The A's are desperate for help in their starting rotation headed into MLB free agency, and they reportedly tried to turn to a hometown kid to get some.
Oakland called Vallejo native CC Sabathia before he re-signed with the New York Yankees on a one-year, $8 million contract, according to FanCred's Jon Heyman. With Sabathia off the market, Heyman wrote that the A's are prepared to turn to another Yankee with Oakland ties: Sonny Gray.
Last month, Yankees general manager Brian Cashman said the team entered the offseason "open-minded to a relocation" of Gray. The Yankees acquired Gray from the A's ahead of the trade deadline in 2017, in exchange for a package centered around outfielder Dustin Fowler and infielder Jorge Mateo.
Gray, 29, said playing for the Yankees was his dream, but the past year-and-a-half has been anything but that. In 41 appearances with New York, Gray is 15-16 with a 4.51 ERA and 1.50 WHIP. Gray particularly struggled at Yankee Stadium after the trade, posting a 6.55 ERA in 88 innings. In 107.2 innings away from Yankee Stadium, Gray posted a 2.84 ERA with the Bronx Bombers.
Oakland-Alameda County Coliseum is much friendlier to pitchers than Yankee Stadium is, as Gray can attest from his successful A's stint from 2013 to 2017. Considering that success (44-36 with a 3.42 ERA in 114 games) and how thin Oakland's rotation was down the stretch after a litany of injuries, it's easy to see why the A's might want to turn to a familiar face.
[ROSS: What A's can learn from previous MLB free agency bargains]
[SOURCE: A's hope to re-sign starting pitcher Edwin Jackson; four MLB teams also interested]
Dear dog people,
If you're not already a Daniel Mengden fan, you're about to become one.
The A's starting pitcher is currently with Oakland at spring training in Arizona, getting ready for the season ahead. But back in November, well, he was earning a save, just not in a baseball sense.
A major storm had been pummeling Houston, TX – where Mengden hails from – for days. As a result, two of man’s best friend found themselves in a very precarious position.
Two puppies – one male, one female -- had been stuck in a storm drain for multiple days, which was rapidly filling with water. When Mengden encountered the group that had originally noticed the animals, he snapped into action.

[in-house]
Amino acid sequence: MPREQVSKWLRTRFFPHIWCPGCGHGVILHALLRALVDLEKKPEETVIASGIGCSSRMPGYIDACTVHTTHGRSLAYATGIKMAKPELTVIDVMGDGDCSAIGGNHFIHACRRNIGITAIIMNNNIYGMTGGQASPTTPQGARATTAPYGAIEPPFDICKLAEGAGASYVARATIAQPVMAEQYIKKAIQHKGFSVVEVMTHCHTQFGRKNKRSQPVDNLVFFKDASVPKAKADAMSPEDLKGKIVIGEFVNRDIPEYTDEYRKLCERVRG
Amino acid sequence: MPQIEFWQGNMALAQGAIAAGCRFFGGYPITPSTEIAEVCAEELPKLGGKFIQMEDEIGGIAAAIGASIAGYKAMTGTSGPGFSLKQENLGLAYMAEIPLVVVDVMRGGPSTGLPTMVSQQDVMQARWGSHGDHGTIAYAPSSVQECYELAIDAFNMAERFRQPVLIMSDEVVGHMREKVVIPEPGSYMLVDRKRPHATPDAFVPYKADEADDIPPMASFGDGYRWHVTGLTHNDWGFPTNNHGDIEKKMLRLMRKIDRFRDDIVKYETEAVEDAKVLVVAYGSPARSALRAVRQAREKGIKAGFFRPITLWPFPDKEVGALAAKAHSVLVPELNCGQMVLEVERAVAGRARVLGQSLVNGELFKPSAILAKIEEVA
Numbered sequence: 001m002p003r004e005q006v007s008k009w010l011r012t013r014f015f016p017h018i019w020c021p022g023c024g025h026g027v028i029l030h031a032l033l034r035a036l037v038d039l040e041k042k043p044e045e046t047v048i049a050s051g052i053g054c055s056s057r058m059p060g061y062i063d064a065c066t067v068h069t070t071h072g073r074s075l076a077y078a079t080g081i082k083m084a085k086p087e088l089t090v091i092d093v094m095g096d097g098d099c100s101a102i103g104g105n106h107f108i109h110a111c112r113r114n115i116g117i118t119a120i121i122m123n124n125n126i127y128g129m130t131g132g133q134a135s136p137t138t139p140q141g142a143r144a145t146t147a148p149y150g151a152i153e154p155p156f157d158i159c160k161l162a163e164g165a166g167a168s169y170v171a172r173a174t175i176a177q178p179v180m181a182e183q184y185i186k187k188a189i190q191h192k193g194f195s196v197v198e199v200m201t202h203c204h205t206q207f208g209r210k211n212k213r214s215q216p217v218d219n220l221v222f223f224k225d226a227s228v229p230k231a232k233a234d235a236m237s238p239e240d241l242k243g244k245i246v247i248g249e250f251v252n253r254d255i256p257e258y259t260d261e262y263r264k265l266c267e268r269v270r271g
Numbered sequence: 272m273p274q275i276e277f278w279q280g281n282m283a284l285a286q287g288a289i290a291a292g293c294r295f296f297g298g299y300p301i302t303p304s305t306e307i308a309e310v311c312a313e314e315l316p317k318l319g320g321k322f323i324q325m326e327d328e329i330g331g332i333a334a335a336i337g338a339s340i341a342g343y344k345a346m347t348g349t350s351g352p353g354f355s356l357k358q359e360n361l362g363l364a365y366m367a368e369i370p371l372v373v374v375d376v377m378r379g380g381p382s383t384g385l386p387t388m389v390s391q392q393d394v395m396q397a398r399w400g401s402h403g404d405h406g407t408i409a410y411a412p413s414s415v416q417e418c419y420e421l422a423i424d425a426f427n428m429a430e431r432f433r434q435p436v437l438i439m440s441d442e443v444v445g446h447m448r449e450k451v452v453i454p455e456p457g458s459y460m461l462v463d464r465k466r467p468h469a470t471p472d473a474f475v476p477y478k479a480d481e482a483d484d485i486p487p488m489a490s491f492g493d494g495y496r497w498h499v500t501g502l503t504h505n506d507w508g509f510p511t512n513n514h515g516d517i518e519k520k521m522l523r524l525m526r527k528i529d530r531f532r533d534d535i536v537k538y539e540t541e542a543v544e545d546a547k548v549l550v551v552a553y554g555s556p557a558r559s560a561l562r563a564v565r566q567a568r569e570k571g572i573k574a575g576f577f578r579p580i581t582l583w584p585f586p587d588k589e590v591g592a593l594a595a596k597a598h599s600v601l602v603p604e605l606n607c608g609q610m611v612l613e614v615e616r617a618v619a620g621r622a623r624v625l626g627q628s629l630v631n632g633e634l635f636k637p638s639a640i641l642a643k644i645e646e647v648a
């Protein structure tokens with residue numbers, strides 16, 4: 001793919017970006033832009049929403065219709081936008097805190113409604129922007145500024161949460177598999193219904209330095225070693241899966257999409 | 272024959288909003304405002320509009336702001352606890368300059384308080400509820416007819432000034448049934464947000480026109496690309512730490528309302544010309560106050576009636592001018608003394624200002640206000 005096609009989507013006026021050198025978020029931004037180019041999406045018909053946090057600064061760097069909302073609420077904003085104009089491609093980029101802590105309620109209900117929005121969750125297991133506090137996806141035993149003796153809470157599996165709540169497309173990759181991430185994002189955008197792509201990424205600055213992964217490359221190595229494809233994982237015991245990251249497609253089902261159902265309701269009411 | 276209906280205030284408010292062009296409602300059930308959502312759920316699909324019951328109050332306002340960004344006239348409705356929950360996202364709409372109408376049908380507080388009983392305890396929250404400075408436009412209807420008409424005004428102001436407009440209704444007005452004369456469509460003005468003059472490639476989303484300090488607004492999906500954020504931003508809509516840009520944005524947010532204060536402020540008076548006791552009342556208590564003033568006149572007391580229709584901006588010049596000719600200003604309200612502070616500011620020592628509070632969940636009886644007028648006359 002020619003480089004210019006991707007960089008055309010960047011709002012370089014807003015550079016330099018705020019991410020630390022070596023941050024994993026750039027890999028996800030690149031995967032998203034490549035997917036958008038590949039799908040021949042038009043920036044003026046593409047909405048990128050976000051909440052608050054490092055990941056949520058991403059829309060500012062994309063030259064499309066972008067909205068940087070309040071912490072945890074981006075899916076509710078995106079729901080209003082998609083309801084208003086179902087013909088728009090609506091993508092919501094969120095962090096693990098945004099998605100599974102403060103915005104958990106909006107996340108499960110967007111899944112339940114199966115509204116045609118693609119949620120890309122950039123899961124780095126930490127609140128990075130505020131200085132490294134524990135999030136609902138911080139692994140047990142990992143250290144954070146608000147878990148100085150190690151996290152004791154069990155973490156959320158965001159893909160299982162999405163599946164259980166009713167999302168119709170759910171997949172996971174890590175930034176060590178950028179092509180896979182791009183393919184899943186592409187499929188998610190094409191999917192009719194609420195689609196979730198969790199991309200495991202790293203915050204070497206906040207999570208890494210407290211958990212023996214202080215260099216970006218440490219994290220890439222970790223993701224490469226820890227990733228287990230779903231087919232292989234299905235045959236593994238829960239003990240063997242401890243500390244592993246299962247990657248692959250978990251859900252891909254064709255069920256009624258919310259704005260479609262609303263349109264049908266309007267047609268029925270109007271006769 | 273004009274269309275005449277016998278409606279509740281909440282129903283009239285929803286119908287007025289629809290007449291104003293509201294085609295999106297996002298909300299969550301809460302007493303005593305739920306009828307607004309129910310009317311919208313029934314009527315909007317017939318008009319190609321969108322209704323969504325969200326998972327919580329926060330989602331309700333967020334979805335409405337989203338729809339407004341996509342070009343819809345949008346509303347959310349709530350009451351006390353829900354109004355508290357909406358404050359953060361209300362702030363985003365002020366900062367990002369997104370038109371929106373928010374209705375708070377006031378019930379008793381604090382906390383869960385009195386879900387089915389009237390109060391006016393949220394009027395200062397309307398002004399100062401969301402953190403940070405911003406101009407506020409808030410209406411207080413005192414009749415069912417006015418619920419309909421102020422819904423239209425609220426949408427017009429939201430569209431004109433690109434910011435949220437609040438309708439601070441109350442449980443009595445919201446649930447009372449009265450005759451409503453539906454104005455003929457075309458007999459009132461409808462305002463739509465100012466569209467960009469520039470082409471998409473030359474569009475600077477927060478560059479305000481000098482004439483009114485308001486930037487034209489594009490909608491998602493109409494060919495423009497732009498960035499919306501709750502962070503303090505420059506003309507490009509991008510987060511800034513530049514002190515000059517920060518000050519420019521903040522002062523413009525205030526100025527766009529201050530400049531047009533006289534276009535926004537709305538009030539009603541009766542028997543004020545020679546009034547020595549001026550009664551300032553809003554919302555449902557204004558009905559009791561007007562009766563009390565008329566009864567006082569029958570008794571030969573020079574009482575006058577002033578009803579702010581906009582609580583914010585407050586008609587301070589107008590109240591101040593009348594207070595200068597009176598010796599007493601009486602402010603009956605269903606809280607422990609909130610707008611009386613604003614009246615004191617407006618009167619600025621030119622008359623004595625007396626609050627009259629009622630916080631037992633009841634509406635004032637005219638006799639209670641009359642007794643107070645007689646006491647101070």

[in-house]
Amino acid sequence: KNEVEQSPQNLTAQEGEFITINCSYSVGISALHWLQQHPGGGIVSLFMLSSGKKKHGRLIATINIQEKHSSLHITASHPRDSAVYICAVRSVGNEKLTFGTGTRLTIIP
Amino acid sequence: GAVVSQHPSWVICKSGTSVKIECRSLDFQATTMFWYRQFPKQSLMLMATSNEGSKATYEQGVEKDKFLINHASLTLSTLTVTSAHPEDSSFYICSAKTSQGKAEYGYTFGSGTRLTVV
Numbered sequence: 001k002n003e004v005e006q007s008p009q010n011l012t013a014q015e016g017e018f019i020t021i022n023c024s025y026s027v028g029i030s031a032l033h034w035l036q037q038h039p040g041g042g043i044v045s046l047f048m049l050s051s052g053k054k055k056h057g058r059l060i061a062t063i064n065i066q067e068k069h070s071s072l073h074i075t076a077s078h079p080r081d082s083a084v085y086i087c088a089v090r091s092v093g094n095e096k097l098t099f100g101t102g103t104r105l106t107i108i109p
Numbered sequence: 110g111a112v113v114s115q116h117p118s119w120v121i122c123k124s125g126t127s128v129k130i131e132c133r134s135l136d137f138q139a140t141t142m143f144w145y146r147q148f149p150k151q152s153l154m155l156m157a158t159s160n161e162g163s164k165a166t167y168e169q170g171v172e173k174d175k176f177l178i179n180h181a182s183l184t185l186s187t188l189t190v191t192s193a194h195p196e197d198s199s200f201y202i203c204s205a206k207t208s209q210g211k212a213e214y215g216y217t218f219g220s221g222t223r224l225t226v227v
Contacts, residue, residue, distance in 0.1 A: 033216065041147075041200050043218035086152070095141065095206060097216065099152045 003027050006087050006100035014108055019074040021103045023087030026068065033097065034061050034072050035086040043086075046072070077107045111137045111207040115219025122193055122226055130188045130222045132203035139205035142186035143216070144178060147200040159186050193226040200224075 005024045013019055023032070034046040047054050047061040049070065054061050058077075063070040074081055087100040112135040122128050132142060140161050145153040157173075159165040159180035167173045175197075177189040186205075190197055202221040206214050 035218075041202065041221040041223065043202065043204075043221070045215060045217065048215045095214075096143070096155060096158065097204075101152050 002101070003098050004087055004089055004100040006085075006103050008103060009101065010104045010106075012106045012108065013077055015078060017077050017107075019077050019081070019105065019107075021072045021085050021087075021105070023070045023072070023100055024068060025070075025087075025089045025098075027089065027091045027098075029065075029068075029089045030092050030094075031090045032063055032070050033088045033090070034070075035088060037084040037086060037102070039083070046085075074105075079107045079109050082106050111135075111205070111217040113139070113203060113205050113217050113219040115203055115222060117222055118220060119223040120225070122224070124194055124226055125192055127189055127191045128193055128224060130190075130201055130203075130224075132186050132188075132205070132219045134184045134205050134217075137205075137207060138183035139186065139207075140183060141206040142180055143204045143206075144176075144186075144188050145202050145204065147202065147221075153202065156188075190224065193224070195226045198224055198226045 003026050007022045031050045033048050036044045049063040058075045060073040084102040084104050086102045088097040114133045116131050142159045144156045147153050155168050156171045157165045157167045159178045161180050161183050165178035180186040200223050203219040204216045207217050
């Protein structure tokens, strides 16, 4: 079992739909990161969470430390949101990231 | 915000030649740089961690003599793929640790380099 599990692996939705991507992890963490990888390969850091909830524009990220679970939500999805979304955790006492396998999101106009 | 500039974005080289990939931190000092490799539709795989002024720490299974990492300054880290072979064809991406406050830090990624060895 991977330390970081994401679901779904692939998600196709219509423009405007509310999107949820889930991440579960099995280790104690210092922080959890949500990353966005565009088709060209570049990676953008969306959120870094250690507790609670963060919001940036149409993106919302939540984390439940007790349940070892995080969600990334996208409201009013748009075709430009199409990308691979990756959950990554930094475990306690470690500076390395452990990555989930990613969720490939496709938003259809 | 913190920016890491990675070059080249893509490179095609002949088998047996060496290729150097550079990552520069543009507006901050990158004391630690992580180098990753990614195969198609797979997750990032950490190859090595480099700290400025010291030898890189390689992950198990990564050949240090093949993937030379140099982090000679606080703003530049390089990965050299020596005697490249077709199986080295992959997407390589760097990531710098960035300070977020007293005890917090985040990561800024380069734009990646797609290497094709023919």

Mengden and another pedestrian combined to get the furry friends out of the drain and into helping hands.
If that doesn’t make you smile, well, maybe you’re a cat person.
But the story gets better: Mengden adopted the female puppy.
[RELATED: Grading the A's offseason with spring training underway]
The A’s bullpen is perhaps their biggest area of strength, but it can’t hurt knowing they have another player capable of coming up clutch with a critical save.
Major League Baseball commissioner Rob Manfred expressed his confidence is the A's Howard Terminal site for a future ballpark on Tuesday, despite a recent report from the San Francisco Chronicle on hazardous chemicals and a costly cleanup.
“I am aware of some of the issues that have been raised with respect to the site,” Manfred said to reporters during a news conference at the Glendale Civic Center. “I’m optimistic that we’re going to find a way that the A’s and government officials in Oakland will find a way to work through those issues to everyone’s satisfaction."
Manfred praised the A's ownership and front office for their creativity in landing at Howard Terminal, too.
“I give (owner) John Fisher and (president) Dave Kaval really high marks for the level of effort, creativity and commitment they have put into the project in terms of trying to find a site in Oakland that’s workable. They deserve a ton of credit.”
The A's have long been looking for a new ballpark. It seems every year, we hear rumblings of either a new location in Oakland, or a possible relocation outside of the Bay Area. Manfred made one thing clear -- he wants the team right here in Oakland.
[PHOTOS: Howard Terminal ballpark and Coliseum site redevelopment renderings]
“I think it’s important for us to stay in Oakland,” he said. “Most fundamentally because of our commitment to communities. But, you know, Oakland is a major-league market. We should have a club there.”
The A's moved from Kansas City to Oakland in 1968, and have remained at the Coliseum -- with its many names -- ever since.